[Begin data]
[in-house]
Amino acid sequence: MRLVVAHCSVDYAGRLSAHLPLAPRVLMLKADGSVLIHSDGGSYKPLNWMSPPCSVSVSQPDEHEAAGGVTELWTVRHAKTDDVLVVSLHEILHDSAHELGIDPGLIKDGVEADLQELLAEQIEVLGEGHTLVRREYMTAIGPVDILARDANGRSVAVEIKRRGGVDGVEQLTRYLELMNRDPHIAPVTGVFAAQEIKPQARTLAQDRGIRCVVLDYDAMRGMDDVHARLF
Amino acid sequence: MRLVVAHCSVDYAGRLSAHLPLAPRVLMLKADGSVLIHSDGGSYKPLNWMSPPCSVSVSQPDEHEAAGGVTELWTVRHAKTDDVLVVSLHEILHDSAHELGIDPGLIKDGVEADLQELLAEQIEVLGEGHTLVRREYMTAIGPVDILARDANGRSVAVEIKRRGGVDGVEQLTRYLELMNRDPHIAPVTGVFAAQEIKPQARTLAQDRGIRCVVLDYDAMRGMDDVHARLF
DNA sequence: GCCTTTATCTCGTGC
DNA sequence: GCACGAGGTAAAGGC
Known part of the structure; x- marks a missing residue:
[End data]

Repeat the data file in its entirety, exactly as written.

[in-house]
Amino acid sequence: MRLVVAHCSVDYAGRLSAHLPLAPRVLMLKADGSVLIHSDGGSYKPLNWMSPPCSVSVSQPDEHEAAGGVTELWTVRHAKTDDVLVVSLHEILHDSAHELGIDPGLIKDGVEADLQELLAEQIEVLGEGHTLVRREYMTAIGPVDILARDANGRSVAVEIKRRGGVDGVEQLTRYLELMNRDPHIAPVTGVFAAQEIKPQARTLAQDRGIRCVVLDYDAMRGMDDVHARLF
Amino acid sequence: MRLVVAHCSVDYAGRLSAHLPLAPRVLMLKADGSVLIHSDGGSYKPLNWMSPPCSVSVSQPDEHEAAGGVTELWTVRHAKTDDVLVVSLHEILHDSAHELGIDPGLIKDGVEADLQELLAEQIEVLGEGHTLVRREYMTAIGPVDILARDANGRSVAVEIKRRGGVDGVEQLTRYLELMNRDPHIAPVTGVFAAQEIKPQARTLAQDRGIRCVVLDYDAMRGMDDVHARLF
DNA sequence: GCCTTTATCTCGTGC
DNA sequence: GCACGAGGTAAAGGC
Known part of the structure; x- marks a missing residue: